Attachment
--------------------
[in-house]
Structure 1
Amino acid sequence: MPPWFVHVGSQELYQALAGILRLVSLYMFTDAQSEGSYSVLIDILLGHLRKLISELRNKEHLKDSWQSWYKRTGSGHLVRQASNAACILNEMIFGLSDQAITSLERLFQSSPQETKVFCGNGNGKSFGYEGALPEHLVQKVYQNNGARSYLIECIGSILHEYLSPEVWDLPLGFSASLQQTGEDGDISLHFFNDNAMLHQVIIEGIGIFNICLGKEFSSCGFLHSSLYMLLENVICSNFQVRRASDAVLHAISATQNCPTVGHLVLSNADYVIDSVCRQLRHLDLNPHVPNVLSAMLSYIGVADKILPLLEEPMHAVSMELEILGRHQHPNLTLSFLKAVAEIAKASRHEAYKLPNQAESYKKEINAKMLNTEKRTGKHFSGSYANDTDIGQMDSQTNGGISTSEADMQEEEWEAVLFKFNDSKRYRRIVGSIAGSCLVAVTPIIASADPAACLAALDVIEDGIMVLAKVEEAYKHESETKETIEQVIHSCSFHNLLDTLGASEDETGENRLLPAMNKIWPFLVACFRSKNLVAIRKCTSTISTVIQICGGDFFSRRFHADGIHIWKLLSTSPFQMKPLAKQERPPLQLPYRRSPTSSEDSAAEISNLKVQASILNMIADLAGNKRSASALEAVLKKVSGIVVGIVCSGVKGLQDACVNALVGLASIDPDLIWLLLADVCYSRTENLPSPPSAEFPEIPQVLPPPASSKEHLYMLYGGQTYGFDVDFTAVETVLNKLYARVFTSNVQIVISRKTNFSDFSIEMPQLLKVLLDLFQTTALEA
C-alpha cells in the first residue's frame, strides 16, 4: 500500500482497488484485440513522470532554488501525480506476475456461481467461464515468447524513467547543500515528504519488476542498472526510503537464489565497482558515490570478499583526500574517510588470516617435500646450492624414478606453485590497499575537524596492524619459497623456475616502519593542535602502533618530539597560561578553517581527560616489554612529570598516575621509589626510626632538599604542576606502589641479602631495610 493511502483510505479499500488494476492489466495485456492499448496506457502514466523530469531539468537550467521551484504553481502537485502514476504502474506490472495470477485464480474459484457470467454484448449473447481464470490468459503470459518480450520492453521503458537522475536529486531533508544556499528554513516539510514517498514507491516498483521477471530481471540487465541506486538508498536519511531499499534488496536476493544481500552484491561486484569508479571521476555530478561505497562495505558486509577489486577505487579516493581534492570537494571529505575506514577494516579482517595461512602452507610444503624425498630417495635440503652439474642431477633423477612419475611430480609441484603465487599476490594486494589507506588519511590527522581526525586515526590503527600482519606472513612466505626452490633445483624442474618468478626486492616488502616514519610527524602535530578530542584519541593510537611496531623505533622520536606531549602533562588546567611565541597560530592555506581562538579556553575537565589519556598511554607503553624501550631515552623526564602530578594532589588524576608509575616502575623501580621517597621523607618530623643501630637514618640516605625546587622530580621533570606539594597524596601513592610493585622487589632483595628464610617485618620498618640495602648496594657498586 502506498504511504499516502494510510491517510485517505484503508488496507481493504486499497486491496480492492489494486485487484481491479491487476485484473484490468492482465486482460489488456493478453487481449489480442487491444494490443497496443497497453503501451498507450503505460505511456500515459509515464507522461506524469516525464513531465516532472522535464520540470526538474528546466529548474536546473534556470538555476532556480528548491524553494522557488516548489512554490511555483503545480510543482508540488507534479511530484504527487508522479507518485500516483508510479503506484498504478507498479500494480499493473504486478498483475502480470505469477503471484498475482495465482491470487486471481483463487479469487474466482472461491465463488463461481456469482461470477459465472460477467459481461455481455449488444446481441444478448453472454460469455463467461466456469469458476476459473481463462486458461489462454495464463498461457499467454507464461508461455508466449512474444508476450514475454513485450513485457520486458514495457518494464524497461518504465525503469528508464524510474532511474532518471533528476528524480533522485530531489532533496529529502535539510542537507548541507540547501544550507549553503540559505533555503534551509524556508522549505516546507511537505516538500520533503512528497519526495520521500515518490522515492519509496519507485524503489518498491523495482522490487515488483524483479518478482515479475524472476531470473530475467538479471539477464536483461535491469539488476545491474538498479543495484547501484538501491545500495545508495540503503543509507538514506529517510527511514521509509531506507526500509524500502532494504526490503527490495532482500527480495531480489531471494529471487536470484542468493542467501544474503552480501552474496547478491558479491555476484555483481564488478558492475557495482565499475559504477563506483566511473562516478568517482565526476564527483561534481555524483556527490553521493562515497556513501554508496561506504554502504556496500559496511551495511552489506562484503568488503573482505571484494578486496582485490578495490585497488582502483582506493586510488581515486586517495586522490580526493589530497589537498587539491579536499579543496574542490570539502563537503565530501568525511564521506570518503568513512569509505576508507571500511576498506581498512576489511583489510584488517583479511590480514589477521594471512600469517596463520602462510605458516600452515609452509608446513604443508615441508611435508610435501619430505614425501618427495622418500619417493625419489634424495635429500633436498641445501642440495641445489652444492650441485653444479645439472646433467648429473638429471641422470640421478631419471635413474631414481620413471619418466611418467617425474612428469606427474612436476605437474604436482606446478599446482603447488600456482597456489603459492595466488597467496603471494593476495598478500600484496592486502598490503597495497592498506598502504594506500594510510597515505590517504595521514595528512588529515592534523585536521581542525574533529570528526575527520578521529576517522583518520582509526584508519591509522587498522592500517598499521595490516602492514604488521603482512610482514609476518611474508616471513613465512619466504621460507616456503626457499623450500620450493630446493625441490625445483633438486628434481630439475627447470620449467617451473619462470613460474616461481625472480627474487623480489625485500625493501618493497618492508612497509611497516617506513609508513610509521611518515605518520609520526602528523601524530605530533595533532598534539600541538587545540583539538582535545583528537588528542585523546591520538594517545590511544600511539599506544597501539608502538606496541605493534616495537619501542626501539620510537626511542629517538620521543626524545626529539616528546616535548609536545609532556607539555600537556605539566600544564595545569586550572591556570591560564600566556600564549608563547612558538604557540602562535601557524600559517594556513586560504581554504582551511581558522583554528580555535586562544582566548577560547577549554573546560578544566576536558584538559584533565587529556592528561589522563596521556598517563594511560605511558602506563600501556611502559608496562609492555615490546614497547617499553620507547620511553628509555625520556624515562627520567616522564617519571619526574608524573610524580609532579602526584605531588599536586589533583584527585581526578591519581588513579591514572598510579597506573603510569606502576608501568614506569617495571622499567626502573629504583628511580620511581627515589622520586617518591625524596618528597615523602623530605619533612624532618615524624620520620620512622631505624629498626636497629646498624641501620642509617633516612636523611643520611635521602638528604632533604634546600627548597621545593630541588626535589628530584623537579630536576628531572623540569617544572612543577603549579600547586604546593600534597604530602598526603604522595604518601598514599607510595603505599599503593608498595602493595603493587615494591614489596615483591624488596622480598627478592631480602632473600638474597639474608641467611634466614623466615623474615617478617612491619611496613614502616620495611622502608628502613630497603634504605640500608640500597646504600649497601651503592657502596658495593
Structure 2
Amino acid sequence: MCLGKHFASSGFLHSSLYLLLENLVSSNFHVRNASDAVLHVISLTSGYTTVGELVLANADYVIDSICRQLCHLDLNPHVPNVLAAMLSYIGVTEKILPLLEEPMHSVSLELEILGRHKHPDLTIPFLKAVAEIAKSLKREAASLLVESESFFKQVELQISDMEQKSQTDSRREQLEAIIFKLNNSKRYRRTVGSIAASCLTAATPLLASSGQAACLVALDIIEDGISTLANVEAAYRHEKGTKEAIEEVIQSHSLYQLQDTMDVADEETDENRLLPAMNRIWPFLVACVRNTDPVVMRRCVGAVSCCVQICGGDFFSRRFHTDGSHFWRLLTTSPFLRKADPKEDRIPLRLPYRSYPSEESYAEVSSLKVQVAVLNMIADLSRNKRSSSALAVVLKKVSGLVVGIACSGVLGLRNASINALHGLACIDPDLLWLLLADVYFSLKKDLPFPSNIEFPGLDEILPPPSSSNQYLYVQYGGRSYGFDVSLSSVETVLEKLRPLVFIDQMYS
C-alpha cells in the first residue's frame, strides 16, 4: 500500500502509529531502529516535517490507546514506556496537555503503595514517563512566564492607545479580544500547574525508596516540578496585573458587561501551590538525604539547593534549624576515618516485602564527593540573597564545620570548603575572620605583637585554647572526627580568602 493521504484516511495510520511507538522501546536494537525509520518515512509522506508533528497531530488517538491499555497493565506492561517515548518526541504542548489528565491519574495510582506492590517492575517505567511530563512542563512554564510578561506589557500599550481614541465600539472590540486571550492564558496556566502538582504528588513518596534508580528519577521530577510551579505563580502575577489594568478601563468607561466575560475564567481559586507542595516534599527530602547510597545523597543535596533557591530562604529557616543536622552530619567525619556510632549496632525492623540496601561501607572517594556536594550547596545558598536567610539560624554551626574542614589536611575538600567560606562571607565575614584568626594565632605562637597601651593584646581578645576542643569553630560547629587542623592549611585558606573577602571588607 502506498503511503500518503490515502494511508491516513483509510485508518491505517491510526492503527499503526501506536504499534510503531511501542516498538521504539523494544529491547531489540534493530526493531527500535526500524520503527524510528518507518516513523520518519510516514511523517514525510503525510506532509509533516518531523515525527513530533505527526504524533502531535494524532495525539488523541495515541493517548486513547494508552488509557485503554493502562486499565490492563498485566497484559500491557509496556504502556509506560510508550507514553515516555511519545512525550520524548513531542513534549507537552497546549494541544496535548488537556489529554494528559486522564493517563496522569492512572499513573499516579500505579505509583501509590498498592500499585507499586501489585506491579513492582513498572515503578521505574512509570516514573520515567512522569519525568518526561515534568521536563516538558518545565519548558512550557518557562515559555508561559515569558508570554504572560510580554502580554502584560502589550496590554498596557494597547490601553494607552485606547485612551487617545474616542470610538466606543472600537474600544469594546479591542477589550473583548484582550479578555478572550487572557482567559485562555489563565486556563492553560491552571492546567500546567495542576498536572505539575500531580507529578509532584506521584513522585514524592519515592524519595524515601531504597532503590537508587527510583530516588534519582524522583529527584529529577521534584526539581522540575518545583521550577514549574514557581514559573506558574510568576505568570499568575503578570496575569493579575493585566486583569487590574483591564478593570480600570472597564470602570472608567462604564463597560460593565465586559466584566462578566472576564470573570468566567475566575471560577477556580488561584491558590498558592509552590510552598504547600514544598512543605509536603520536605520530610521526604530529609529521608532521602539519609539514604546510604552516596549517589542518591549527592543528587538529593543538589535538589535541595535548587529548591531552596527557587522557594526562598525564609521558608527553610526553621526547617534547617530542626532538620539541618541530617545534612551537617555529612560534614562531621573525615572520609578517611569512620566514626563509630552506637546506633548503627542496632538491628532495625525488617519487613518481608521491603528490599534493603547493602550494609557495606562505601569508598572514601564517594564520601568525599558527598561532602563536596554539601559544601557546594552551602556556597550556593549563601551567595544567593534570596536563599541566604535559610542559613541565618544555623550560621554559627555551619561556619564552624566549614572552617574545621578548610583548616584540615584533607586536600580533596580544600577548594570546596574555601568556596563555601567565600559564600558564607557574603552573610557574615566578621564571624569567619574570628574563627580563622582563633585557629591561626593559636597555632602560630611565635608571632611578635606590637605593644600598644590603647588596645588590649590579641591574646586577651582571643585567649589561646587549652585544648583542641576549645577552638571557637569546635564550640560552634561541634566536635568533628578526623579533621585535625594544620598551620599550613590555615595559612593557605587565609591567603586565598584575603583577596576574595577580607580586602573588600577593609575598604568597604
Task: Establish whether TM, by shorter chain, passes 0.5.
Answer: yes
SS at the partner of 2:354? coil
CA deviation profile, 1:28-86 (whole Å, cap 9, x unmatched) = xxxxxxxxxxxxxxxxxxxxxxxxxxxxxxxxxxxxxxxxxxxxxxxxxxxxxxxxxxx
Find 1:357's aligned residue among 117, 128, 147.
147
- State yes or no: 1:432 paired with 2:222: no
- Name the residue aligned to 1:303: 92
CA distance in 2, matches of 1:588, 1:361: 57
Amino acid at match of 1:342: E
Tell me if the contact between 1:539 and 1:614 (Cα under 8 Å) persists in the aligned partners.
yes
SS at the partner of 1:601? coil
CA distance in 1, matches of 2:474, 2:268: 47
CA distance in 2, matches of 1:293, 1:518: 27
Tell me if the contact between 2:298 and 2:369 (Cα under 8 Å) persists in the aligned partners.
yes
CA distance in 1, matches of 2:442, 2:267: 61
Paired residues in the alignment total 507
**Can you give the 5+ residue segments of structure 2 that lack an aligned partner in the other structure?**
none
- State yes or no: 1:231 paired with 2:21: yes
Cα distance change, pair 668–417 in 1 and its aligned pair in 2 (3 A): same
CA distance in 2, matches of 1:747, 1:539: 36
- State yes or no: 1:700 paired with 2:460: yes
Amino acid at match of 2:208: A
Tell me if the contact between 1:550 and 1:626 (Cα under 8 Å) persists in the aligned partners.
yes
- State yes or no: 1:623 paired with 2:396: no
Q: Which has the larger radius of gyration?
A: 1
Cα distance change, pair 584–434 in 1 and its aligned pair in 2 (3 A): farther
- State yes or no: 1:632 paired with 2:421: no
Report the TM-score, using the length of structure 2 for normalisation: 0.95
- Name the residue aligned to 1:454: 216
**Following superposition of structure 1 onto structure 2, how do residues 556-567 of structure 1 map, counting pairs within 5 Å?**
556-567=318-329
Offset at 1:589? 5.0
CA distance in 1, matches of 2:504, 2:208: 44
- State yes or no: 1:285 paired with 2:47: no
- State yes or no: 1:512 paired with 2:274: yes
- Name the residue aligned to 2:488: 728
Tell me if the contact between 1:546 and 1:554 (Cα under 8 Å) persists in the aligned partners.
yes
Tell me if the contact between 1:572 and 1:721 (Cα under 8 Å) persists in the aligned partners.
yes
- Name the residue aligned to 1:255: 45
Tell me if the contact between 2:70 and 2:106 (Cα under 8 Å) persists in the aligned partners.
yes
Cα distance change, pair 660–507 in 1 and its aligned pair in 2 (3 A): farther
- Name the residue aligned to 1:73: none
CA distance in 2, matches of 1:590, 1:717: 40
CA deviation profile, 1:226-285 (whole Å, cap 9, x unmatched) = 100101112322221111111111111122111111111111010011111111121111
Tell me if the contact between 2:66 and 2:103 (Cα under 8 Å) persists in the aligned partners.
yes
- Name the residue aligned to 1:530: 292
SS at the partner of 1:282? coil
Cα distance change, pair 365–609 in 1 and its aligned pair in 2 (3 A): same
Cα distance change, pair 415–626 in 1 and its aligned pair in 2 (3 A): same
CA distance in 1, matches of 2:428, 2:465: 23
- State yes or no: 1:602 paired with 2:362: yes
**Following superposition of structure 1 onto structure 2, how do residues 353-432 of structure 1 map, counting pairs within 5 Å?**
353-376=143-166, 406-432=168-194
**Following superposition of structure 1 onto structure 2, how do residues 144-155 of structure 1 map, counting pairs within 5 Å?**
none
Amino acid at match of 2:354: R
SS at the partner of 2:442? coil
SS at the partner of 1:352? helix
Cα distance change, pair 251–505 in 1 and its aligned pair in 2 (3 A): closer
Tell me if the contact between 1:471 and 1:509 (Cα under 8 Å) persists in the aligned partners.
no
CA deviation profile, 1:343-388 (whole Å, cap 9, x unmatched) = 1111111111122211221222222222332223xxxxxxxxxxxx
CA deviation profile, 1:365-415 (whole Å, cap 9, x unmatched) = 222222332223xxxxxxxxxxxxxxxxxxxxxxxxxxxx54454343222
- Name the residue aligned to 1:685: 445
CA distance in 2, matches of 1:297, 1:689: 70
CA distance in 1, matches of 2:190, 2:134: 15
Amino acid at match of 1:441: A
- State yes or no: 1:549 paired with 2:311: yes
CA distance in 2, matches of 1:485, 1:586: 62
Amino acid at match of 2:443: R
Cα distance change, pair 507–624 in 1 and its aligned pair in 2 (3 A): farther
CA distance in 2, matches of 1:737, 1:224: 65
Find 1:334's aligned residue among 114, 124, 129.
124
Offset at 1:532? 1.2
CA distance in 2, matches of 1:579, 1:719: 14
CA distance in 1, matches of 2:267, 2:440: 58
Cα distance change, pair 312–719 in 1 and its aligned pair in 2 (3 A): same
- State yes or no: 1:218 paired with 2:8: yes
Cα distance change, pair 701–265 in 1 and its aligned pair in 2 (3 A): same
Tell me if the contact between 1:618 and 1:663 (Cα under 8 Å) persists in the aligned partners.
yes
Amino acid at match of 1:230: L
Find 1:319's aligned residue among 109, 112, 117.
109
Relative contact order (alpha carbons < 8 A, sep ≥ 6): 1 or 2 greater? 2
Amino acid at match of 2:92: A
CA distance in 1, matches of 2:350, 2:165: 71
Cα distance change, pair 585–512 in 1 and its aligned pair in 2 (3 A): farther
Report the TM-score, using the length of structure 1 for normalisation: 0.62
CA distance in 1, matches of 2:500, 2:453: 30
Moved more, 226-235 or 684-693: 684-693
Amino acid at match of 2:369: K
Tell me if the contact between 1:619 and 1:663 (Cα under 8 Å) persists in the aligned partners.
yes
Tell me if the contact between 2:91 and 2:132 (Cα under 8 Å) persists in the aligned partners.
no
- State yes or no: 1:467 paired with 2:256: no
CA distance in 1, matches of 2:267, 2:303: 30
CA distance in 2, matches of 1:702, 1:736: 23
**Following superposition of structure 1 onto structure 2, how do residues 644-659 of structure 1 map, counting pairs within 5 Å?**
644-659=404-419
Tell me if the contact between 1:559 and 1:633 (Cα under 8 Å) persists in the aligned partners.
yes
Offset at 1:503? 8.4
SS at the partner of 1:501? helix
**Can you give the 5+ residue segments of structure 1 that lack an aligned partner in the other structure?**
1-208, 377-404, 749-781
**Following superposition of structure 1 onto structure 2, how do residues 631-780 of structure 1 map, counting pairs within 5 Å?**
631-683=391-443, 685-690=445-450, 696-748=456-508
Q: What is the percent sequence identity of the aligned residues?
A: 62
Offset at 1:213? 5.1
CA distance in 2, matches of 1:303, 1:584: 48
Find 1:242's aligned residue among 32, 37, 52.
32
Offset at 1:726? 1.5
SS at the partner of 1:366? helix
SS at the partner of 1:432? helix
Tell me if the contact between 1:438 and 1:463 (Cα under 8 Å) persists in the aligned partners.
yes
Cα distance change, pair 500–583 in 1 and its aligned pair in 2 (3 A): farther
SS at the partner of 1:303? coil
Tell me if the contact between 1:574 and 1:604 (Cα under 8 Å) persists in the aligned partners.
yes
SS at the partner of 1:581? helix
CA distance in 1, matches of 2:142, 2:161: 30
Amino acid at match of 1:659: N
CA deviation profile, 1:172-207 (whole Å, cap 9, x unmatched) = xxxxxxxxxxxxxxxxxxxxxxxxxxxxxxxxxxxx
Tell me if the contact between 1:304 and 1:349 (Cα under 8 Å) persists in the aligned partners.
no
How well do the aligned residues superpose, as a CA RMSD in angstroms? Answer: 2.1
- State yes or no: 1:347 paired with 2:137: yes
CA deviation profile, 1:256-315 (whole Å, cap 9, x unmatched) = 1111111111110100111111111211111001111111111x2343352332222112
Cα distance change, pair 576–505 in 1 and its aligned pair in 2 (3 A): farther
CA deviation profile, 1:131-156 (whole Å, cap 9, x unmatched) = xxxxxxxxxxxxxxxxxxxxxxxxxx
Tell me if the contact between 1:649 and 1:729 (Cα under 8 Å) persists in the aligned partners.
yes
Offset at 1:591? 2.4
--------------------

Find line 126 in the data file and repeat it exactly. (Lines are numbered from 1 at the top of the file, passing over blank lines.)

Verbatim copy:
**Following superposition of structure 1 onto structure 2, how do residues 631-780 of structure 1 map, counting pairs within 5 Å?**